And the Philistine caused Shawn the Sure-footed to be injured, so that the Seahawks no longer journeyed to the Bowl of Bowls.

And Jamie, He of the Slow Pitch, was banished to the Land of the Phillies. And Edgar the Ancient and Jay of the Bones retired to green pastures, so that only Ichiro the Quick remained. And the Mariners were victorious no more, but instead humiliated the people of the Land of Sasquatch.

And the Players of Basketball were scattered asunder unto far-off lands, and were replaced by lesser players. And the people were humiliated further.

Trouble and discontent spread across the Land of Sasquatch. And the people descended into the streets of the city and fell down to rend their T-shirts. And they erected a great burning altar among the sports palaces, and brought their M's caps and Ichiro bobblehead dolls and Gary the Glove hooded sweatshirts, and cast them upon the fire, crying aloud: "Woe upon us, for these are indeed the darkest days ever in the Land of Sasquatch."

And they went to the High Priestess, and beseeched her to prevent the lesser players of basketball from journeying into the wilderness. And amongst the plaintiffs was one Sherman, the Poet, who said unto the High Priest: "We beseech thee to prevent our players of basketball from journeying to foreign lands. For unto us, the players of basketball are as Greek gods."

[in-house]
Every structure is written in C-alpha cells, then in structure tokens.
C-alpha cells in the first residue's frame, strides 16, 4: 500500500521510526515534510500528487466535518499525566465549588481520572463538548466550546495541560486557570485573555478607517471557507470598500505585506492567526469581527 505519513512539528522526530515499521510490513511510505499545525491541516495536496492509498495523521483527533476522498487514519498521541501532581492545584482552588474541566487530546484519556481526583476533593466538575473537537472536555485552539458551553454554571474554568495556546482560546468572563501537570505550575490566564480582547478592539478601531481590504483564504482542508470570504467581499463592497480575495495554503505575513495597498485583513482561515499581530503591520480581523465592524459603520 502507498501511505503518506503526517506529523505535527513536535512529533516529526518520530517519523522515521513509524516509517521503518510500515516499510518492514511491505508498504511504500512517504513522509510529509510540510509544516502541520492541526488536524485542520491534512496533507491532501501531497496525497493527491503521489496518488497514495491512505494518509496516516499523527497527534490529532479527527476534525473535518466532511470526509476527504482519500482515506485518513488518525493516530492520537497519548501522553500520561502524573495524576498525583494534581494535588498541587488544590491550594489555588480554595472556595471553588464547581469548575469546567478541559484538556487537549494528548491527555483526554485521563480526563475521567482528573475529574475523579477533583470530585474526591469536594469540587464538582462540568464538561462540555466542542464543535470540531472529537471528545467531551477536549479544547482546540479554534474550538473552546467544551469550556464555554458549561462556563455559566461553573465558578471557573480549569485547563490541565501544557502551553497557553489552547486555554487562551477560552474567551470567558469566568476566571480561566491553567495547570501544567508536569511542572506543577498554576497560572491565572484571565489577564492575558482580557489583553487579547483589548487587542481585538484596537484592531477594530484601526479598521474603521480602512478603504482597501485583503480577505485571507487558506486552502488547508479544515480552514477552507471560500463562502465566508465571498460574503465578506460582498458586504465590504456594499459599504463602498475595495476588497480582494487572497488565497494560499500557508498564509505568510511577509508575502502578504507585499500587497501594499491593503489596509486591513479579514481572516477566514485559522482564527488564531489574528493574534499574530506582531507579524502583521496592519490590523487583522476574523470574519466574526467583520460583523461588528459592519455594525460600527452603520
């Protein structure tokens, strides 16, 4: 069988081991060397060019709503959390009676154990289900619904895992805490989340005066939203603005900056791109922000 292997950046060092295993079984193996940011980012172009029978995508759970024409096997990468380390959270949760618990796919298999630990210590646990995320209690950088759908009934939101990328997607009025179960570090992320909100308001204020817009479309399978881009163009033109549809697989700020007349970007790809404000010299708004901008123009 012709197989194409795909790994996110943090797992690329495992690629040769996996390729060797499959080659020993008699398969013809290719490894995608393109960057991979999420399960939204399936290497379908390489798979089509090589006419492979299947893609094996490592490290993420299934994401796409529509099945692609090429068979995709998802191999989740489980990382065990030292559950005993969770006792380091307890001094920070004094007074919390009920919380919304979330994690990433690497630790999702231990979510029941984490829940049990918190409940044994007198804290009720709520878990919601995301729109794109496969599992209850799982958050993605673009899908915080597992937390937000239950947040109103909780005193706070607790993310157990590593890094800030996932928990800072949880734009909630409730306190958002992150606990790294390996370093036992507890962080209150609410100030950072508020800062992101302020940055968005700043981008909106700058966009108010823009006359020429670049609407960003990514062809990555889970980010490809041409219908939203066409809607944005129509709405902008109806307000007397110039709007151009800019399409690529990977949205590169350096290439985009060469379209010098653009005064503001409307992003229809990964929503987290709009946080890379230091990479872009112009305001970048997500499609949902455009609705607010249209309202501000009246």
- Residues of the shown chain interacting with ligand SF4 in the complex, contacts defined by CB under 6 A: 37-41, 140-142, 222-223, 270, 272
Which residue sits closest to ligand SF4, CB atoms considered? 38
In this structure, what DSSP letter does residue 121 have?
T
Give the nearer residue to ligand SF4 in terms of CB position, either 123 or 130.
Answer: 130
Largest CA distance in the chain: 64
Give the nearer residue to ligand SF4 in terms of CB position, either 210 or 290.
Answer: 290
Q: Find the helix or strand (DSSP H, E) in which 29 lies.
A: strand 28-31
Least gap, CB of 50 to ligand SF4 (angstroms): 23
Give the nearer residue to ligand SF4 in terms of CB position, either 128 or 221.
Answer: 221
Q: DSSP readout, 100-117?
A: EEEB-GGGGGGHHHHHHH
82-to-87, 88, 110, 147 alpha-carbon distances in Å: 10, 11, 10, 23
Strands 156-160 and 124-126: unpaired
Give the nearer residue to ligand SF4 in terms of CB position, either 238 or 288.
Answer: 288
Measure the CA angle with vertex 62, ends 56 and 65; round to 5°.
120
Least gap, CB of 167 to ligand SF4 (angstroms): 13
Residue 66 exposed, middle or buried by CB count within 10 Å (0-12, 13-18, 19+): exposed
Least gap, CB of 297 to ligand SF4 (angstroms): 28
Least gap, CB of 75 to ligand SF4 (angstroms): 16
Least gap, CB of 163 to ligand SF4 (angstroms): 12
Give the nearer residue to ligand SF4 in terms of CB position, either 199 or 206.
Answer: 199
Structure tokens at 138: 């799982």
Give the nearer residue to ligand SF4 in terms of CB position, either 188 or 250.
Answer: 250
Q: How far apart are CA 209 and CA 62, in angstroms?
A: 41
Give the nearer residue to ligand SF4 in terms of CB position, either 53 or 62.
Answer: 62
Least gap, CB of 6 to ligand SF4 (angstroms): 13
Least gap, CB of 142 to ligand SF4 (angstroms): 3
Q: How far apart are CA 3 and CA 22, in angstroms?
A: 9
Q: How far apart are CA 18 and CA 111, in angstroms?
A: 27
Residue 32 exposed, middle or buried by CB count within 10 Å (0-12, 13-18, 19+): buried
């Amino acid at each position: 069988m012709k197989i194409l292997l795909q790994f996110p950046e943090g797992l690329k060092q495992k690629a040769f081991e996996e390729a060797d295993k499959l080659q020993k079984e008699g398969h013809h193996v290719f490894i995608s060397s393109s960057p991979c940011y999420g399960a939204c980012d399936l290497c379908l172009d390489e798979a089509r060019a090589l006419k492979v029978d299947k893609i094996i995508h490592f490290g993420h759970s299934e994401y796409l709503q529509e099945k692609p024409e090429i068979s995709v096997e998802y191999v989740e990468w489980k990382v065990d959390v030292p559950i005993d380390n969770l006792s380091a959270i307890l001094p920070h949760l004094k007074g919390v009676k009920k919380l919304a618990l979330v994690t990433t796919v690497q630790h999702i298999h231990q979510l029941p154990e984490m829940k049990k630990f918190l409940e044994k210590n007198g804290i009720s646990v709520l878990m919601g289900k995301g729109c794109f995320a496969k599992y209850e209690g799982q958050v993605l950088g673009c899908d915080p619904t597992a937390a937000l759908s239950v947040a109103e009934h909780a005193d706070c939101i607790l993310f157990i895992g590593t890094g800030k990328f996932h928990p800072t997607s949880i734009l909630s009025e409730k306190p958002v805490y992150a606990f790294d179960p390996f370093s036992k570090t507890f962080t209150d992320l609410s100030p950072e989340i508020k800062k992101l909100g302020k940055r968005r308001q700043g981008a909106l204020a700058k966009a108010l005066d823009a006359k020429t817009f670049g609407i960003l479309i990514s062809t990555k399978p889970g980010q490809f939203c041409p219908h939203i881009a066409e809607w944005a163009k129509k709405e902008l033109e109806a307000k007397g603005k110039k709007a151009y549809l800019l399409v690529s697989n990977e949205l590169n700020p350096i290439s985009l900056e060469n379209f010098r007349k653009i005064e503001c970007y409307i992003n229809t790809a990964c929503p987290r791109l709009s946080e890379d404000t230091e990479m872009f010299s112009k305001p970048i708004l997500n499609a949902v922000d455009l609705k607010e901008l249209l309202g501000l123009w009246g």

At this, the clouds parted, and a bright light shone from the Heavens. And the bright light produced a Very Deep Voice which said: "Greek Gods! What hath been wrought upon the Land of Sasquatch?"

And the Very Deep Voice became deeper still, and said: "Verily I say unto you, people of Sasquatch: Get thee a life."


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About the Authors & Contributors

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Ross Anderson

Ross Anderson is a former Seattle Times reporter who now lives in Port Townsend.